The other day I came across a socionics site that refers to "Dimension Functions": http://translate.google.com/translate?sourceid=navclient&hl=en&u=http%3a%2f%2f www%2esocionicasys%2eru%2f (click button theory on the left, then TIM Model on the left, Then Functions on the left, then Dimension Functions on the left). (I don't know why the link didn't take directly to the page )
It's an alternative way of looking at Model A, types, and informational functions and supposedly provides a means of actually measuring a person's functions. (dependent, of course, on how you define the function)
Basically, the suggestion is that the more parameters a person includes when dealing with certain information, the more flexible they are in dealing with (or maybe expressing) that information, and the more likely that this information is a natural part of the person.
While the less parameters the person utilizes, the less flexible they are with that information, and the less likely that this information is a natural part of the person.
What are the parameters?
- Time (Tm): (not to be confused with Ni): Can/does the person recognize/envision how this informational situation likely developed and/or where the development is likely to go? (Uses the information across time.)
- Situation (St): Can/does the person recognize/respond to the subtleties of specific informational situations? Are they flexible enough in the usage of the information to apply differently in different situations? Does the person recognize how the "environment" (social/physical/individual) affects the situation and the information?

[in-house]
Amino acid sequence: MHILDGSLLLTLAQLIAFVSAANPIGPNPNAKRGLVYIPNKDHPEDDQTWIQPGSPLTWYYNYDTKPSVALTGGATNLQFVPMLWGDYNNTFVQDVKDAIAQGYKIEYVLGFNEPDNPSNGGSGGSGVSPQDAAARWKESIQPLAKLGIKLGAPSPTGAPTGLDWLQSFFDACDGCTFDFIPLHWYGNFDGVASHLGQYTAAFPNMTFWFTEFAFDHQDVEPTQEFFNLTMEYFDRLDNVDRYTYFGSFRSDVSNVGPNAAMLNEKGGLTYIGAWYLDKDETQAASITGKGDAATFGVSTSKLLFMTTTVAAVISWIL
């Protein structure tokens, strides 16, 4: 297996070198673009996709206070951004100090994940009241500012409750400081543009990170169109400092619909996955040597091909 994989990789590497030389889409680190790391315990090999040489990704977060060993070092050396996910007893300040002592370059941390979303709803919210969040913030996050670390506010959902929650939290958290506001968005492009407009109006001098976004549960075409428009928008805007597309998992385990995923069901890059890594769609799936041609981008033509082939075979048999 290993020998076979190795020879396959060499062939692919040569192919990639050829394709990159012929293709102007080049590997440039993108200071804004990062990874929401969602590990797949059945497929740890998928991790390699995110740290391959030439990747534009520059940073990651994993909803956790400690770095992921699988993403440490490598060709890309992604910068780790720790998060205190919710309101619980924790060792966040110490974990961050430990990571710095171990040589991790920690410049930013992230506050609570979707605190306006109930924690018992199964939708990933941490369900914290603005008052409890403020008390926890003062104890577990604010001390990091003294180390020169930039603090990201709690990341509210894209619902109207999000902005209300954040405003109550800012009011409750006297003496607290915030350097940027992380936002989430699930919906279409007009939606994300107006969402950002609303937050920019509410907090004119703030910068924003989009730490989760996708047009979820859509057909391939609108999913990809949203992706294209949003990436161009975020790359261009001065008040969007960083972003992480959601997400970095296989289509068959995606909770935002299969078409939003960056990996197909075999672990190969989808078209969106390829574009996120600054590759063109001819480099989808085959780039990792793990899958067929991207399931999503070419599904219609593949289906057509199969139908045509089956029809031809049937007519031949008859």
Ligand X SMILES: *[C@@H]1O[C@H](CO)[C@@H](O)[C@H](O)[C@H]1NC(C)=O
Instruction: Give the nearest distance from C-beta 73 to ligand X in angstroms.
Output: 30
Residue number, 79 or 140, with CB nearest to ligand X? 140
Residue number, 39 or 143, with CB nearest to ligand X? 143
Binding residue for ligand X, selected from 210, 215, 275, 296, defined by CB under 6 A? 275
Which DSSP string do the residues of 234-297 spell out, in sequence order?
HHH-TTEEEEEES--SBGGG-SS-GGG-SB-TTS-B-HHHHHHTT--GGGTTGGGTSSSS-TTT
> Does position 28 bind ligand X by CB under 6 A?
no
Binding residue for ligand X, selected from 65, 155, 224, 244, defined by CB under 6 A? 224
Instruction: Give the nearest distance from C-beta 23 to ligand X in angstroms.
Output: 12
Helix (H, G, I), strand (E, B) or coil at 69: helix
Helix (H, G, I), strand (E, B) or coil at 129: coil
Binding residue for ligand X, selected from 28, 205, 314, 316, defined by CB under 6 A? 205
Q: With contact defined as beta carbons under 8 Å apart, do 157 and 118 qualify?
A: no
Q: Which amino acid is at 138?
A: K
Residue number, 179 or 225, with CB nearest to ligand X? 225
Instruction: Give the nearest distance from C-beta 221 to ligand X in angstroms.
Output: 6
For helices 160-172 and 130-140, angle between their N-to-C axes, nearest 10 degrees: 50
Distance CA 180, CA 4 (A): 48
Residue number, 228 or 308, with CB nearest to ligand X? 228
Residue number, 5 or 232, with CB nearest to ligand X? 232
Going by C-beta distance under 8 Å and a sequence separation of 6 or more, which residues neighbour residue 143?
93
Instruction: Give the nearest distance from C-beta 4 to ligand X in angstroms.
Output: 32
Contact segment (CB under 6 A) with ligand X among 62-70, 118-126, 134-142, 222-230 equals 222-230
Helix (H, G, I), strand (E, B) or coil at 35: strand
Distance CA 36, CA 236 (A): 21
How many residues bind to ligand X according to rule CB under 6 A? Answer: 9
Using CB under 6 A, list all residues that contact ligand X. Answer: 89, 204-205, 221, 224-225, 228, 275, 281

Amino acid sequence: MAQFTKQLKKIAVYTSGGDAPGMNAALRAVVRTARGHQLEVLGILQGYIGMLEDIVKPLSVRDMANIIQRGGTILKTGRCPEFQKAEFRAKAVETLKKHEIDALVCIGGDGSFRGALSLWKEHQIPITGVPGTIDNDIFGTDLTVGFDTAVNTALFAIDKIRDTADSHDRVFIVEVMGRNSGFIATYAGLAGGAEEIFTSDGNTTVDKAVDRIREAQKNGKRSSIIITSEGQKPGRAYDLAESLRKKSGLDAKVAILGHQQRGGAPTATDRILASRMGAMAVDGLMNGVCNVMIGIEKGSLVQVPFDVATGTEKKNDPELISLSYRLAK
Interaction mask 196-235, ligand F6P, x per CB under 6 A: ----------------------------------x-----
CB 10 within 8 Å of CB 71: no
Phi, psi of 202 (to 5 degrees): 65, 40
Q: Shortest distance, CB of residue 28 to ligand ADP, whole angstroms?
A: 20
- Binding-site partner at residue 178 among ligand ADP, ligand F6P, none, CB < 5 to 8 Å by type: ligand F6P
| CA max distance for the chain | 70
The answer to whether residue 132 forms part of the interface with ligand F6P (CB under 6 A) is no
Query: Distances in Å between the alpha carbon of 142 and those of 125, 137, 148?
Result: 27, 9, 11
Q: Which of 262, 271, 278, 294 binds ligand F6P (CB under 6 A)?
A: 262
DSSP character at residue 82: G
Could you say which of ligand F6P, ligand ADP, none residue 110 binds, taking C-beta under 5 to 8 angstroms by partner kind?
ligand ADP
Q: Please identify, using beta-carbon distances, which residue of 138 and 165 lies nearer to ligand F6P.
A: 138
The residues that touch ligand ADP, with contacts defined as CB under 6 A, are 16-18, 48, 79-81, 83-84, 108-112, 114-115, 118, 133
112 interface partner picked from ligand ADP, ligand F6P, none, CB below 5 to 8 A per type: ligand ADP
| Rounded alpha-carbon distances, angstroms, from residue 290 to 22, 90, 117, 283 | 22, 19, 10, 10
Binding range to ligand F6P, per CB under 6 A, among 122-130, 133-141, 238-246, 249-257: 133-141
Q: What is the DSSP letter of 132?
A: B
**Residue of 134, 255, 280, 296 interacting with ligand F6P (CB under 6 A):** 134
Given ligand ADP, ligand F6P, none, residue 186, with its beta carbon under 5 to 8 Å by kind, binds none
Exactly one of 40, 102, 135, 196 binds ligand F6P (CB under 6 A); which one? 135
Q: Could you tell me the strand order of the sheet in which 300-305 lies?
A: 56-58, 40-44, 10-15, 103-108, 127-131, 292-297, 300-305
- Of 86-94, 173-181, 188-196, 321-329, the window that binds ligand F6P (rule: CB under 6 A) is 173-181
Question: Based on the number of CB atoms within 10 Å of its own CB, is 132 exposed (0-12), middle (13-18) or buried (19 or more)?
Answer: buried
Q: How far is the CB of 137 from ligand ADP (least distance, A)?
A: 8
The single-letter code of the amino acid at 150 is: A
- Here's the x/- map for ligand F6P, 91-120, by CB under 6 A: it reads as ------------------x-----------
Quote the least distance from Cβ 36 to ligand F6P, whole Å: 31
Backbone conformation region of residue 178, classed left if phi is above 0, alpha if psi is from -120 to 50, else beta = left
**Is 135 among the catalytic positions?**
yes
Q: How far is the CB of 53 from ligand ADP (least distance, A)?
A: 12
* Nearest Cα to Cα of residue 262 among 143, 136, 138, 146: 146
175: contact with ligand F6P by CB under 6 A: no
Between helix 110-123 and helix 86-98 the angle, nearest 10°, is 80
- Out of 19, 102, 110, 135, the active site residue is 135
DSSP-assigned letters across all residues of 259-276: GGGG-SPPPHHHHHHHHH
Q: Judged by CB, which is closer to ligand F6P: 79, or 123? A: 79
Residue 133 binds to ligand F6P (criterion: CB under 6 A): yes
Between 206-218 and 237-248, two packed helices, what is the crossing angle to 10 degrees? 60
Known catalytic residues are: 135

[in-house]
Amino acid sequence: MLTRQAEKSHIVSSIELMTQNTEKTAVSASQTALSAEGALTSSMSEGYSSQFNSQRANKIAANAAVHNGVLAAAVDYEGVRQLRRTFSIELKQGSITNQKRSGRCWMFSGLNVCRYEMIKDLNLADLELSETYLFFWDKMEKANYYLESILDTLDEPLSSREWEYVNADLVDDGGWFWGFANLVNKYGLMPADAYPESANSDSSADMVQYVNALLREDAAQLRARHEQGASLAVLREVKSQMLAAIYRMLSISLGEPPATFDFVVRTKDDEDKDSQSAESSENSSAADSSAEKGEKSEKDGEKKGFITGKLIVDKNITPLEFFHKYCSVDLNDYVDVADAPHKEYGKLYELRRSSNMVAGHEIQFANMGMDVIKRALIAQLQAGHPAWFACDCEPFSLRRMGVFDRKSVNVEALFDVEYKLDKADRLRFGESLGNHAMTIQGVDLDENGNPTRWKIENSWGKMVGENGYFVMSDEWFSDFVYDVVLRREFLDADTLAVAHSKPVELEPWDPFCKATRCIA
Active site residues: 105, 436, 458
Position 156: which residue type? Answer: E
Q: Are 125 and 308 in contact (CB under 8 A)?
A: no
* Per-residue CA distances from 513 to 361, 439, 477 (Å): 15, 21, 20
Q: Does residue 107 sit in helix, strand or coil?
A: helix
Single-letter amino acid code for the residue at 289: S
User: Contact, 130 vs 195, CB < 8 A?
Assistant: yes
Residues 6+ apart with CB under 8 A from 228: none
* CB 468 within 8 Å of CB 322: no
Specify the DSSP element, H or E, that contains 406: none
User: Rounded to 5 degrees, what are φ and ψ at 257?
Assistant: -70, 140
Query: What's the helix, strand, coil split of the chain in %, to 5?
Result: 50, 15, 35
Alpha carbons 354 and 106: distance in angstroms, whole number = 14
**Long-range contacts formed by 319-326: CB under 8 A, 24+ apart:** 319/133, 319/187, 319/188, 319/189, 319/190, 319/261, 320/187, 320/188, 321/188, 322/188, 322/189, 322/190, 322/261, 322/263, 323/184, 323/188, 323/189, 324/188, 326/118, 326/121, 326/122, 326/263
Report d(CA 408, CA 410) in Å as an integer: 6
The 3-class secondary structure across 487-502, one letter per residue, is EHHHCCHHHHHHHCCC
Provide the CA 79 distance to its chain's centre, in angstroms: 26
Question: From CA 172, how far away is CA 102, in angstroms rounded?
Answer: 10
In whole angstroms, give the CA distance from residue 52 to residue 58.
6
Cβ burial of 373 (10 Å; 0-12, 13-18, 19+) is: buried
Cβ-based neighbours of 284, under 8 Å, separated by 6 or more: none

- Norms (Nr): Can/did the person adopt and apply social/individual rules, regulations, customs, practices, and other standards to be followed in assessing the information? Are they rigid in assessing/using the information, reliant on rules/standards to guide them around using this information? Do they focus on and prefer to deal with the "usual" or the "expected" rather than the actual situation? Note: these kinds of standards for assessments come from generalizations of personal experiences, education, traditions, etc. It is "transferable knowledge".
- Experience (Ex): Can/does the person draw on own personal experiences? ("nontransferable knowledge") This does not include education, customs, etc.
- This one is kind of like "I need to see it for myself to understand what you are talking about".
- Also like:
- A: "It's there, it's there, can't you see it?"
- B: "What's there? What are you talking about?"
- A: " . . . I can't tell you . . , but I swear it's There!"
According to the site, here is how the parameters fit into Model A:
1. Ex, Nr, St, Tm
2. Ex, Nr, St
3. Ex, Nr
6. Ex, Nr
7. Ex, Nr, St
8. Ex, Nr, St, Tm
In my opinion, regardless of Model A ordering, these parameters give higher insight into a person's usage of specific information, and places focus back onto information metabolism instead of non-relevant traits and biases. It also brings to light some of the issues and arguments between people on this forum, and can even help explain some of the biases.
Example: Person A's parameters in a informational function are limited to Ex & Nr. They are attempting to describe use of that informational function. People who use St/Tm in that informational function try to tell Person A that Person A is wrong, that the informational function isn't that limited, that it's not based on A's rules/assessments, but are indeed dependent on situation and development over time (which of course, goes beyond Person A's abilities and applications of that information function).